Key advantages of PHP include its open-source status and relatively quick speed. The community has built ready-to-use solutions for ecommerce application, such as Zen Cart and Magento. Analytical tools, such as Google Analytics, can also be connected to an ecommerce store using PHP. Analytics are essential for effective product selection and management, and can also provide valuable insights in customer shopping patterns.
Scalability is another important concern when developing an ecommerce store, and it’s here that PHP offers another advantage – it is relatively easy to scale as long as the developer has built a sound architecture. Using a PHP framework such as Symphony or PHPixie saves time by letting developers re-use existing code.
Successful ecommerce stores must not only offer an efficient, secure shopping experience – they must also be visually compelling if they are to entice customers to make a purchase.
Adobe Photoshop allows designers to create attractive, well-ordered ecommerce interfaces. However, merely understanding the technical capabilities of Photoshop isn’t enough to create a strong design. A developer must appreciate the aesthetic principles that distinguish appealing from mediocre ecommerce stores.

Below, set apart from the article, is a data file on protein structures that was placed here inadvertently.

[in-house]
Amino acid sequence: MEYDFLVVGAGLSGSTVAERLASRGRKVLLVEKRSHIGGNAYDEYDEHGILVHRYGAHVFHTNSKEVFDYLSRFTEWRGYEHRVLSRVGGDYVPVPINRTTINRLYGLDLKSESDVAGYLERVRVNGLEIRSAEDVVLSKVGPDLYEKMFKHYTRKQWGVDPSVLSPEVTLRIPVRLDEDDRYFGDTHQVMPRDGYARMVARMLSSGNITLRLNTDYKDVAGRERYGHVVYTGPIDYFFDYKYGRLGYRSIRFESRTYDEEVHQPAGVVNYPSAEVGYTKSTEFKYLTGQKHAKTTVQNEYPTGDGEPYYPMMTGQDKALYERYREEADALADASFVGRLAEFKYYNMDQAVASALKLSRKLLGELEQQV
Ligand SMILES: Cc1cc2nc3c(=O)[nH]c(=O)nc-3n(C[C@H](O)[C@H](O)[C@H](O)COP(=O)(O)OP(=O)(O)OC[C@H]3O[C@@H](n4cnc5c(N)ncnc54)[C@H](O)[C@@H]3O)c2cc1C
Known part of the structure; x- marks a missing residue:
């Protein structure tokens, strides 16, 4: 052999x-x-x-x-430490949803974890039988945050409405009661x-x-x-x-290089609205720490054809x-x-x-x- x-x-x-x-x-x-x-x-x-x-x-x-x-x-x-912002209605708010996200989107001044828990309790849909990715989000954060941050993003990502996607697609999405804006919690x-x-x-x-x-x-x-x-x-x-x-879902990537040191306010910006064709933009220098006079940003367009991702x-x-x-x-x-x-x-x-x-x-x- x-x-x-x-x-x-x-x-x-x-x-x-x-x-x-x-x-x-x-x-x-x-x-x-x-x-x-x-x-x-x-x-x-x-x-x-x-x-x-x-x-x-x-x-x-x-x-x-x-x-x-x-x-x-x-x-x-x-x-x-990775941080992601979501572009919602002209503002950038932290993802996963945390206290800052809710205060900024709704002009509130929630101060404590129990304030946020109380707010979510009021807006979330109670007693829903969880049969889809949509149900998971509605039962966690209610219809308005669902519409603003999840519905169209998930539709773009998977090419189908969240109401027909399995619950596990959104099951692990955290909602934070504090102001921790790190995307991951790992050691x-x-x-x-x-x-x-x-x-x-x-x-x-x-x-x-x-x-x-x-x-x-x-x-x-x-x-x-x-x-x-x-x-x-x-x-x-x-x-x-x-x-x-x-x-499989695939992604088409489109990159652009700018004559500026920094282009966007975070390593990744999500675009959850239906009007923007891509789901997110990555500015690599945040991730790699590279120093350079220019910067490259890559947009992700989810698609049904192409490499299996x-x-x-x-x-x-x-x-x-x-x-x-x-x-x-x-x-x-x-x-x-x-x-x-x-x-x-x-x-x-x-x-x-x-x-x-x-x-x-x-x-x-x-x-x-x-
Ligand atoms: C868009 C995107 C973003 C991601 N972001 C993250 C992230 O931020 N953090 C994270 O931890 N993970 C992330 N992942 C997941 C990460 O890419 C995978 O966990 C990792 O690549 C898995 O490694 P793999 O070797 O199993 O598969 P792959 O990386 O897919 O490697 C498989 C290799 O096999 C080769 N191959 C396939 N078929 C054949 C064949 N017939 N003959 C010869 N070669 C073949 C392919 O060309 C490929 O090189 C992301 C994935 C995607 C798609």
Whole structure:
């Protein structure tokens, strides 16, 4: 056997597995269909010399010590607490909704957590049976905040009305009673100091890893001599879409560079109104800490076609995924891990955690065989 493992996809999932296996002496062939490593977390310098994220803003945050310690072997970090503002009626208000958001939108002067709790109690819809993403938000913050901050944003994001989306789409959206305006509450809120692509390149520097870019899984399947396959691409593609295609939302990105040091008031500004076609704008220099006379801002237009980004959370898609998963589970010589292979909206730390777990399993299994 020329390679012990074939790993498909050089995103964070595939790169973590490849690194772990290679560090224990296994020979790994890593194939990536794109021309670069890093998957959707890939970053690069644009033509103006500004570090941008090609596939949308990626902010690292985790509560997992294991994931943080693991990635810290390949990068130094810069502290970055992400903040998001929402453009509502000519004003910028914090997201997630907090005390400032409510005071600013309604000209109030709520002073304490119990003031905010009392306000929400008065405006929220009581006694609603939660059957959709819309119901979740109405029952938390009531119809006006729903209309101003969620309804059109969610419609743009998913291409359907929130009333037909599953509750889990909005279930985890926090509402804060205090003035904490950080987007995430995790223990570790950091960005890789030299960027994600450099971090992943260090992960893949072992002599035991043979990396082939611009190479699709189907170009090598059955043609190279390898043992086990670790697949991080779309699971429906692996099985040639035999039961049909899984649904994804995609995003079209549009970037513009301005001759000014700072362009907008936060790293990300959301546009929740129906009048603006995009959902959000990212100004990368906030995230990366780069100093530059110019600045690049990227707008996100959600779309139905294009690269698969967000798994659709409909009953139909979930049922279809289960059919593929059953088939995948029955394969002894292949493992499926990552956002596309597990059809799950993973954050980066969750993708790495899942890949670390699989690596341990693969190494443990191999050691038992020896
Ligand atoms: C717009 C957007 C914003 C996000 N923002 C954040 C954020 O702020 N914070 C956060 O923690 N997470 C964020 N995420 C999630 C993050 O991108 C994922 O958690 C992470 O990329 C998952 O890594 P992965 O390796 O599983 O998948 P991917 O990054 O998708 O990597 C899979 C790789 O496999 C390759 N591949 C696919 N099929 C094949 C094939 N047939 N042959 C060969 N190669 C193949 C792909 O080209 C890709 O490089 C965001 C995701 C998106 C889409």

Photoshop is an essential tool for touching up product photos and illustrations, highlighting special features and creating the appearance of a high-quality product. For example, the Spot Healing brush can be used to remove irregularities in an image such as specks of dust or the reflection from a camera lens.
Photoshop also allows you to show the same product in multiple colors. This can save you a lot of time. For example, if you are selling the same jacket in five different colors, it is far simpler to take a single photo and then use the Hue/Saturation tool to generate four other versions of the same product.
The Unsharp Mask tool quickly improves image clarity, and can also be used to make some product features stand out. However, a designer must know how to apply effects so that a product is shown to its best advantage in such a way that does not mislead the customer.